Submitted Date 06/26/2020

JK Rowling was not the first author to imagine witches and wizards, but she's the best selling one. Long after the height of the Harry Potter craze, you can still find back covers of books that claim to be "the next Harry Potter." Most of them don't deliver on that promise, but if I read every wizarding-school-themed book to come out in the past thirteen years (since The Deathly Hallows was released), it would take me another thirteen years. That's not to say none of them aren't worth reading. I suspect the book cover claims are largely the idea of the publishers instead of the authors. Case in point: the words, "Heads up, Harry, there's a new young wizard on his way up." appear on the cover of Magyk by Angie Sage. But Septimus Heap - the protagonist in this series of books - is no Harry Potter. In fact, I think it's hardly fair to compare the two. I am very much a Harry Potter fan, but that's not why I say the two aren't comparable. Septimus and the world that Sage has created are entirely their own. They bear no resemblance to Rowling's books. They're apples and oranges.

In this first book in the Septimus Heap series - there are seven books, and a spinoff series of three - we are introduced to a family of wizards in a world where Magyk is perfectly normal. In fact, the kingdom is run not just by a queen, but by an ExtraOrdinary Wizard who lives in a high tower at the center of the kingdom. Marcia, the new ExtraOrdinary Wizard, has her hands full since the queen was murdered and the infant princess vanished. A family of wizards who live in a crowded, shabby part of town called The Ramblings have just welcomed their seventh child, a son, to the world. The Heaps, headed by Silas and Sarah Heap, unexpectedly welcome an eighth child to their family that same night; a girl, discovered by the roadside. As Silas brings the small bundle home, wondering how he'll convince Sarah to care for the stranger, he's nearly bowled over by the midwife, leaving his house in a rush. His new son has been proclaimed dead.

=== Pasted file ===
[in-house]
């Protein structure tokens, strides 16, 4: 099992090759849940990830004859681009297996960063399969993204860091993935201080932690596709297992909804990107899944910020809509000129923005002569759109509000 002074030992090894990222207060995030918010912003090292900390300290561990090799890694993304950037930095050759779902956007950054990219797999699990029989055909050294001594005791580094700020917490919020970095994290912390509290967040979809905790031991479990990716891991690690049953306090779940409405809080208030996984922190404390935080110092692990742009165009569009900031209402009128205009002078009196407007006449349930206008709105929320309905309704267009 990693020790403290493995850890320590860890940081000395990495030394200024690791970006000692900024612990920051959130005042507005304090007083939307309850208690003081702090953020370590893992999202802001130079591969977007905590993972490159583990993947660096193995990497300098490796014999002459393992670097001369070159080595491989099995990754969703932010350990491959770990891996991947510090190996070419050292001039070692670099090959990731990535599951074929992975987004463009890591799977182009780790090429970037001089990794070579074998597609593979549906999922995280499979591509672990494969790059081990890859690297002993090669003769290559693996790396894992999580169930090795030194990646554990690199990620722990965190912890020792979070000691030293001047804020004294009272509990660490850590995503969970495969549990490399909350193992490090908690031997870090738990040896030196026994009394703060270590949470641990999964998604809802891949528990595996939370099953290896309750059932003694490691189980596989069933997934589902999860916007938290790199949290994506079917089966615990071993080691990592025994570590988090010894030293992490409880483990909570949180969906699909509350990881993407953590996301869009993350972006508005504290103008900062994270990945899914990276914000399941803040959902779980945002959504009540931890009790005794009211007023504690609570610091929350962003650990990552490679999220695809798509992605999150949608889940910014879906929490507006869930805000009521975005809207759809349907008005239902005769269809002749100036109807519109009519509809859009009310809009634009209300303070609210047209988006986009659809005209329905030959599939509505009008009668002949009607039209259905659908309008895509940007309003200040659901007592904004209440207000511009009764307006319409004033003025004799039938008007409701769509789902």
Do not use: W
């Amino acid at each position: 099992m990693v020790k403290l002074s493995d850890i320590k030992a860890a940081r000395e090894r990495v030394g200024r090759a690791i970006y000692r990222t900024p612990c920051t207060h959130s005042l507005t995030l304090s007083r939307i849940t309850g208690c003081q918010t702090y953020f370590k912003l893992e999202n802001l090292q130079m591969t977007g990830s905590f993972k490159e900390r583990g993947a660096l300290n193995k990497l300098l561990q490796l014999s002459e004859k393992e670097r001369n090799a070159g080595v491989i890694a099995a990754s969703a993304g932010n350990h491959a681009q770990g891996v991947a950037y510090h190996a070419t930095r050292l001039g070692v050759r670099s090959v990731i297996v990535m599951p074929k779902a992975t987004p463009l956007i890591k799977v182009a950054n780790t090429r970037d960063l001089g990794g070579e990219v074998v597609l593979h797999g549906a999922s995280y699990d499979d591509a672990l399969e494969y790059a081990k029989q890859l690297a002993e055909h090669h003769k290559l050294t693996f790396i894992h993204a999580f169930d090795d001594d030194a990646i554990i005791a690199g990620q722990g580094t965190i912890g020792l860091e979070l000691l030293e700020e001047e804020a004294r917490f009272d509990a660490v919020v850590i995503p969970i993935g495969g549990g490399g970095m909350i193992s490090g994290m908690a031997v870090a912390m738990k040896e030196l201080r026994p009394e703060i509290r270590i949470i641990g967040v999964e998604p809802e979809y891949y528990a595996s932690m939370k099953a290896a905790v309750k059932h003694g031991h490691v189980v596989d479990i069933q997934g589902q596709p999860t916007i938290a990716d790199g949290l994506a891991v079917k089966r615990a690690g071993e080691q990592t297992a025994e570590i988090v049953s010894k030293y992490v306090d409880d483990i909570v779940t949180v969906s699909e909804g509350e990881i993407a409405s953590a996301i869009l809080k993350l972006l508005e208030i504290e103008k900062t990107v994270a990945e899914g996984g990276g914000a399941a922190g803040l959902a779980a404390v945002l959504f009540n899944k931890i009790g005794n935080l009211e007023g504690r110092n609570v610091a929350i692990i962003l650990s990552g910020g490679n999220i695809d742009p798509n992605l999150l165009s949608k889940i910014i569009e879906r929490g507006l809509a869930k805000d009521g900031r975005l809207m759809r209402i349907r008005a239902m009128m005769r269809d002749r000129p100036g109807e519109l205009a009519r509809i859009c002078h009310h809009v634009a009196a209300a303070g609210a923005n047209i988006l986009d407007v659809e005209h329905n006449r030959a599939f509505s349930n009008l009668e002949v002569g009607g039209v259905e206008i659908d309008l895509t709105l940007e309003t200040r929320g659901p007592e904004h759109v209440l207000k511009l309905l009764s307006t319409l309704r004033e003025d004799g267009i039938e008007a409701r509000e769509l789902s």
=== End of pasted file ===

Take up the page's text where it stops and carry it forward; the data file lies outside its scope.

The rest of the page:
Such is the start of the story. The pages that follow include an interesting cast of characters, ghosts, a boggart, a dragon boat, a Message Rat, and a fair bit of Darknesse. We aren't properly introduced to the series' namesake until near the end of the book, but it's not difficult to see that part coming. A lot of this book is relatively easy to predict, probably because it's aimed at a younger audience, but there are still plenty of surprises. The system of Magyk is an interesting one. Wizards are born wizards, but then must learn their spells. Instead of a school, they acquire apprenticeships, and becoming an apprentice to the ExtraOrdinary Wizard is a high accomplishment indeed. Magyk is, of course, found in books where one can also find Charms and potions recipes.

At first, I expected Silas Heap to be the book's main protagonist, but he turns out to be an ordinary Ordinary Wizard. He's a little clueless, to be honest. Sarah doesn't play a major role either. Marcia has a large part to play, but she's hardly the most agreeable woman. It took a while for her to grow on me. In fact, for most of the book, I didn't care much for any of the characters aside from Stanley, the Message Rat and he doesn't come in until the book is half over. Why, then, did I keep reading? Well, I hardly ever give up on a book. Just like a movie, once I start it, I feel committed to seeing it through before I pass judgment. Magyk was a quick read. Despite being 608 pages long, the story flew by like a book half as long. When I was finished, I set the book down feeling meh about it. But then, in the days and weeks that followed, I kept going back to the story mentally. It surprised me. I kept expecting things to happen one way, prematurely disappointed by the novel's predictability, only to find that the plot lead in another direction.

After a few weeks, I found myself ordering the second in the series, Flyte. That's what I'm reading now. These books are like potato chips; not literature at its most nourishing, but almost too easy to devour.

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